There are people out in the world who believe that we, as human beings, are living in a simulation. That we are avatars in a larger video game being played by something else, that coincidences in our lives are glitches as some part of construction, and that we can spot the seams of this world if we pay close attention. To these people, who base their entire life perspective on something they call “simulation theory,” movies like “The Matrix” and “The Truman Show” are more truthful to the big picture, and are texts that can be be used for reference. The same goes for the works of Philip K. Dick and their adapted movies, as Dick was a large proponent of the theory who spent a long time trying to understand his own thoughts about it.
It’s unclear watching the film whether Ascher believes all of this, but it’s more that he wants to invest in this theory and pass it along. He becomes a type of interpreter for this point-of-view, using his encyclopedic pop culture knowledge to accompany elaborate different theories and relay the experiences of his select “witnesses” through gripping, trippy animation sequences. Accompanying the words of interview subjects presented as cartoonish sci-fi avatars (with shields, sharp teeth, space suits etc.,) they relay beliefs of how maybe we are just a brain in a lab, a body in a sea of pods; these talking-avatars are often well-spoken, and the documentary is in turn informative and entertaining about a concept your possible overlords may have not wanted you to consider. Ascher uses an impressive, vivid trove of pop culture clips to further illustrate the documentary’s colorful tangents, capturing our existence as a scene in “Starship Troopers,” or “Star Wars,” or a “GTA V” “funny fails” video, the latter involving 100 monotonous people being pushed off a platform in the sky by a bulldozer.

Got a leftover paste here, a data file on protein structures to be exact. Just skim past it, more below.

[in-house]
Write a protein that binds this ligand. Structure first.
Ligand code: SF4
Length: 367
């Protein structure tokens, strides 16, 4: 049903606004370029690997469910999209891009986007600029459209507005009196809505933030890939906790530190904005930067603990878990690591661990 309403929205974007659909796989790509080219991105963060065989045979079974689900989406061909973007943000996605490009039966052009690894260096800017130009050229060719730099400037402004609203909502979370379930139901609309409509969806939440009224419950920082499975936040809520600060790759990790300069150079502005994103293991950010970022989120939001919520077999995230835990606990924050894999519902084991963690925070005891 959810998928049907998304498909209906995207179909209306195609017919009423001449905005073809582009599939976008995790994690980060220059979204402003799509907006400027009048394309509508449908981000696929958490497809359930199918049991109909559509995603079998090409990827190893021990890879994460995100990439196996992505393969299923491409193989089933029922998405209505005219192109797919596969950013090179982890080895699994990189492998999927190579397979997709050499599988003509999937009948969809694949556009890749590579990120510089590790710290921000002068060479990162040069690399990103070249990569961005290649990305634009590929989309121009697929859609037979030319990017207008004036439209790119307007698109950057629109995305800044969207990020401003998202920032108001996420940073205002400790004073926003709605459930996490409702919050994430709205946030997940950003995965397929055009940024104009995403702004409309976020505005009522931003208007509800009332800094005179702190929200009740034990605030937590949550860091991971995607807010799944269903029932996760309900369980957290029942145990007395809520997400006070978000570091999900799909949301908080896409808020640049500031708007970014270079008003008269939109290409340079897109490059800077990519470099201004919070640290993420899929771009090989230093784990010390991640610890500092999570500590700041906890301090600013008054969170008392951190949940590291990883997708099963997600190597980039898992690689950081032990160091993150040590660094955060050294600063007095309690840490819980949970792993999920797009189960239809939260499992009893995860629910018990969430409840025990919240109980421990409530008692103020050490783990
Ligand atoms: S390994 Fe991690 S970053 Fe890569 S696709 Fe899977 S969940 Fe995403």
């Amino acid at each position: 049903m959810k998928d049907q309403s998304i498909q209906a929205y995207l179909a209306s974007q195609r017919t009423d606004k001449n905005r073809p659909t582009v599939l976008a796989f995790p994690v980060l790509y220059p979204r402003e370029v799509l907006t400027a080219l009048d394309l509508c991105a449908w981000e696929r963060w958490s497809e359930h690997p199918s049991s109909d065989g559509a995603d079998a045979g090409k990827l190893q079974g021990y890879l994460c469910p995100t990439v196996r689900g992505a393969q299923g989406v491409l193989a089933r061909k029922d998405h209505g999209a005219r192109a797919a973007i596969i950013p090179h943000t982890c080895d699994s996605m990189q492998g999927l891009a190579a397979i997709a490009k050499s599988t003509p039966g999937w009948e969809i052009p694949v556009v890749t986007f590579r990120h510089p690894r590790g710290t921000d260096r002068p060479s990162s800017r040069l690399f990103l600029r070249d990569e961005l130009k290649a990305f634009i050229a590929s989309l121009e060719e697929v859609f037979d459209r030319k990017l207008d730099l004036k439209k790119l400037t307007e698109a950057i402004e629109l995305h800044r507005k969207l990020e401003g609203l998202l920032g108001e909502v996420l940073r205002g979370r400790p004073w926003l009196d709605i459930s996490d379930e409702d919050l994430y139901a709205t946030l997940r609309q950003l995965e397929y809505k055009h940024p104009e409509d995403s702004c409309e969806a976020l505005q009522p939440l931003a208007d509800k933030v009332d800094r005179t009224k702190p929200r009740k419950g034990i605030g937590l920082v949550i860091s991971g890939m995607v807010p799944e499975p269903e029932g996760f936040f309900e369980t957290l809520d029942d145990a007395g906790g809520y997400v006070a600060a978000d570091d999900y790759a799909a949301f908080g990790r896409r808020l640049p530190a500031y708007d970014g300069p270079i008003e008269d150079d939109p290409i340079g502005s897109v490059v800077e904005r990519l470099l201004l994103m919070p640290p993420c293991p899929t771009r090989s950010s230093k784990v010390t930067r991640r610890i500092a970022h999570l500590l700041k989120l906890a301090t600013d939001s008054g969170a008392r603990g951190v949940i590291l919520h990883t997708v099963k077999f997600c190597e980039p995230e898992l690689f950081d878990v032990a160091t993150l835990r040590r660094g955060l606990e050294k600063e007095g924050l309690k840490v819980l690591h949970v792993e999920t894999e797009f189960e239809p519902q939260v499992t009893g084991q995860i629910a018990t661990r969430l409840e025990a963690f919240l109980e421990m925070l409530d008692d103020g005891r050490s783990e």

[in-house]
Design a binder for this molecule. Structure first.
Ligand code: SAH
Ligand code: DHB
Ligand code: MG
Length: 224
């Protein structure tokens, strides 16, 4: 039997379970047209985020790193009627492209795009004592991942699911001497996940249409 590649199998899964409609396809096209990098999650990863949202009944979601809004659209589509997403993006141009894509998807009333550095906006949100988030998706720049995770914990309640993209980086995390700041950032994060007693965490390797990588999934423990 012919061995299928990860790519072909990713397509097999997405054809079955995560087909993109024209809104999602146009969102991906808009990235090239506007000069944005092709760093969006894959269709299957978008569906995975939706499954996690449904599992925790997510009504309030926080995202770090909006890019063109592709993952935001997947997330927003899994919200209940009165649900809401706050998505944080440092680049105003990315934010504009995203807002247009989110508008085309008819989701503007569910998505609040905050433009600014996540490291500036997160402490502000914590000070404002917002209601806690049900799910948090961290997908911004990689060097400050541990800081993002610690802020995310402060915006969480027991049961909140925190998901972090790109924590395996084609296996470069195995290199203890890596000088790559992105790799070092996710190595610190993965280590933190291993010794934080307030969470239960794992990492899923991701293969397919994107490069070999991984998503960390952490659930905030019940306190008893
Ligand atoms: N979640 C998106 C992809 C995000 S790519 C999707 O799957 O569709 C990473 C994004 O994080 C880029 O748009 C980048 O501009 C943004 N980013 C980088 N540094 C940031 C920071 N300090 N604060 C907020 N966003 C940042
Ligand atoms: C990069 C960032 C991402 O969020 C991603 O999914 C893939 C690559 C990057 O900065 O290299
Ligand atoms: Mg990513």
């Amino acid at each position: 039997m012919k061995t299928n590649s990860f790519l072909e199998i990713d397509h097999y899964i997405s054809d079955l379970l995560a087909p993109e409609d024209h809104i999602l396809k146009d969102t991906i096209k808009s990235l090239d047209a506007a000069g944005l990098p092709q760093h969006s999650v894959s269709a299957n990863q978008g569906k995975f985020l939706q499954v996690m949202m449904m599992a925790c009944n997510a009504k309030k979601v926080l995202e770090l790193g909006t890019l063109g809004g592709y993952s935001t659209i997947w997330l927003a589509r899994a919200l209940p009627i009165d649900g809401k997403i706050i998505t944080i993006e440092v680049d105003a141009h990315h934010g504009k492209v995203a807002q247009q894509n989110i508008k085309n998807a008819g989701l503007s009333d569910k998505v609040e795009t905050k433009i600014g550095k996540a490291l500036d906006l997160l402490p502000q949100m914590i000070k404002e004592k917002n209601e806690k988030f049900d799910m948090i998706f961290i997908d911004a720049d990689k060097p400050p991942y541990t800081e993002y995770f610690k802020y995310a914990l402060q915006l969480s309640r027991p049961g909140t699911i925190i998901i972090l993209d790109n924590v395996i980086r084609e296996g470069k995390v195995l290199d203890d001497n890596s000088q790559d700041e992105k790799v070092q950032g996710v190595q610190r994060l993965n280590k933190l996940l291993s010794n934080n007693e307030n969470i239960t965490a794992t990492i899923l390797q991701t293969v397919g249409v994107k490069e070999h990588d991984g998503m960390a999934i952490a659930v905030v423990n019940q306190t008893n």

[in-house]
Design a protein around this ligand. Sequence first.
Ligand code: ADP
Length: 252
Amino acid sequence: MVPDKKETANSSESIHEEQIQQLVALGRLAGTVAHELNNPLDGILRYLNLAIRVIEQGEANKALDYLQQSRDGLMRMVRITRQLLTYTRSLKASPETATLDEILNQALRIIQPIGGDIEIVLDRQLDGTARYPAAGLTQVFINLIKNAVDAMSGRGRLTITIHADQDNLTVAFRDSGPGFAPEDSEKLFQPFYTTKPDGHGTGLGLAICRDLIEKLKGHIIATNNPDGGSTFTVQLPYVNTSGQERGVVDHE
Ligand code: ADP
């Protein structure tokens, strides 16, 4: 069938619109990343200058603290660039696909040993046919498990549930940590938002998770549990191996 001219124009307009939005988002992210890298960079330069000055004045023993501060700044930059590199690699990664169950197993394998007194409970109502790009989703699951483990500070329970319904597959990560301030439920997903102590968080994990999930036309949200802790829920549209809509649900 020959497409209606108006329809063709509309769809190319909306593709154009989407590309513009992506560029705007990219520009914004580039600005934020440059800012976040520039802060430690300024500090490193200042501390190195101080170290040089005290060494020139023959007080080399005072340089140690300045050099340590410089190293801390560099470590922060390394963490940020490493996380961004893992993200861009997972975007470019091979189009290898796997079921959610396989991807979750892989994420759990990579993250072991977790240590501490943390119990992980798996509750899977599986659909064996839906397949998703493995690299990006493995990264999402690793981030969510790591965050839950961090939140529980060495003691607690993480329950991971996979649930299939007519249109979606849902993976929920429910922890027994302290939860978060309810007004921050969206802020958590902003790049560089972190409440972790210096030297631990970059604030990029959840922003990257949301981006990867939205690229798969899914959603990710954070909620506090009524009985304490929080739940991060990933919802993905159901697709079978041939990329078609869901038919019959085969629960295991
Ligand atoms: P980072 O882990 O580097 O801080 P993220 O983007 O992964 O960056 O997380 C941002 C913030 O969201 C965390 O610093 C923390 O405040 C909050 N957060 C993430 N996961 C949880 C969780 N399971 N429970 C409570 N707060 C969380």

I believe that this type of skepticism is healthy. If you’ve ever lost an item that seemed to just vanish into thin air, you might too have that feeling, that no other explanation is possible than some gap in some reality swallowed up my damn mailbox key. But “A Glitch in the Matrix” does not, until much later in the movie, get behind the true type of antisocial mindset it takes to deeply see the world as a type of false reality, and the human beings around you as certain products of it. There’s a vital sociological element that’s missing about how life experience could cause someone to view existence with such a lens, and Ascher’s documentary can feel like an erratic, however meticulously illustrated “explainer” YouTube video without it.